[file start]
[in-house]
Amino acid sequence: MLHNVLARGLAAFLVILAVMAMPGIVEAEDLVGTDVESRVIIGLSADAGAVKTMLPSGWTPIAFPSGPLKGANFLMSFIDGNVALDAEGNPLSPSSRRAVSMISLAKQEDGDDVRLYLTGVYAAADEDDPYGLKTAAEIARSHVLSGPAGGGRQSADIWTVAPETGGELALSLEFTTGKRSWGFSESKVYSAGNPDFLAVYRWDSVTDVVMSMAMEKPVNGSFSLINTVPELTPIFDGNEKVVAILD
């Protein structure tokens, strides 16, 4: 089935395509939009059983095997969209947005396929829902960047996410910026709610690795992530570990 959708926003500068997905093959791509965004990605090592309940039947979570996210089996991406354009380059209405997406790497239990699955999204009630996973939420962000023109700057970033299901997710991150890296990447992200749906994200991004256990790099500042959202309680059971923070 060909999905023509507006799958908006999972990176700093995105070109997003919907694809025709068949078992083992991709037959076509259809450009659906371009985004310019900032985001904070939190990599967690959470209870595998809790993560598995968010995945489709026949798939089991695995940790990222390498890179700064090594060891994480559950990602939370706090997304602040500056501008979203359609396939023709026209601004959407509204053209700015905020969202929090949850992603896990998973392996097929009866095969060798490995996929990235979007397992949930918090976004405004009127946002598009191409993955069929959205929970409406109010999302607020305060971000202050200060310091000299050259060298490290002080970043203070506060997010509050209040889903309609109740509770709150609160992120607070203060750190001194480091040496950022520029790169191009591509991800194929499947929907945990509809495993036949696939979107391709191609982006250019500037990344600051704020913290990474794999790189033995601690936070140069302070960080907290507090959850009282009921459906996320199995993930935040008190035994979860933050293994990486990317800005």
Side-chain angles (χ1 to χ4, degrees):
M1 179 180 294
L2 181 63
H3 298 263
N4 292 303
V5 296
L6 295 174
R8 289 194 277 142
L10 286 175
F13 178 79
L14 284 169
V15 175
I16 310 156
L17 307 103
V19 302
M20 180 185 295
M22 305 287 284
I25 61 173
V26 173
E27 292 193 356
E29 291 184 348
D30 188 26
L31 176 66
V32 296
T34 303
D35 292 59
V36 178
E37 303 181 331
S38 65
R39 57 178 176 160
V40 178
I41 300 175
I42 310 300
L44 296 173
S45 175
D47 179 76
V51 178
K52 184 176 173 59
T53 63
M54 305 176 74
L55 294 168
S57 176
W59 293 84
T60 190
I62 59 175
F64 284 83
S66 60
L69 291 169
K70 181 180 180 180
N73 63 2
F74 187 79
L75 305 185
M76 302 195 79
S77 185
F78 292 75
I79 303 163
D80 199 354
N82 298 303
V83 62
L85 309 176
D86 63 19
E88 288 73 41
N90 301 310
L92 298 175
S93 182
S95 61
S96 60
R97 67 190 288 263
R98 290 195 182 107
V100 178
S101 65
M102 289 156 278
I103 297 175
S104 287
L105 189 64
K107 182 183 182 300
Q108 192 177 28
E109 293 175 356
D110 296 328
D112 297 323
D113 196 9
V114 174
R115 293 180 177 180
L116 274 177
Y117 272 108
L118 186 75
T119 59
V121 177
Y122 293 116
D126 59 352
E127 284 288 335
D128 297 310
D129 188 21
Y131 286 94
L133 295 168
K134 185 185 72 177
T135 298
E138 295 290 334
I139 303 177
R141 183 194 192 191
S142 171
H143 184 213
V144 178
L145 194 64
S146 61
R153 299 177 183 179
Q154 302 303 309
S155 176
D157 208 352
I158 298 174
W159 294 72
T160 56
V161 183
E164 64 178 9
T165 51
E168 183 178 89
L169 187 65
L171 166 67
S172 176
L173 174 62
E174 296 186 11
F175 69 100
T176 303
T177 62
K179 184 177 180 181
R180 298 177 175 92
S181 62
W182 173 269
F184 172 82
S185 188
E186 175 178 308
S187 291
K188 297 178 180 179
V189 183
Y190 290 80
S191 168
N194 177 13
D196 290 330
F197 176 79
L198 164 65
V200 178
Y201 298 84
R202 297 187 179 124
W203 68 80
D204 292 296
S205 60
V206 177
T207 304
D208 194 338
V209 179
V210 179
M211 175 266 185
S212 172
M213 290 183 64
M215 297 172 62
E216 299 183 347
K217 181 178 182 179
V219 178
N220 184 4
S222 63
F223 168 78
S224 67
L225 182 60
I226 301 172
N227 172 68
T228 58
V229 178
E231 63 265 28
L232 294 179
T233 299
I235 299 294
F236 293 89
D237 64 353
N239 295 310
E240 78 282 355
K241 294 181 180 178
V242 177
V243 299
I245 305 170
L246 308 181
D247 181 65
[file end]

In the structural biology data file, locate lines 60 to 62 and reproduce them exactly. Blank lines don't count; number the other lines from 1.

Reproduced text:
D80 199 354
N82 298 303
V83 62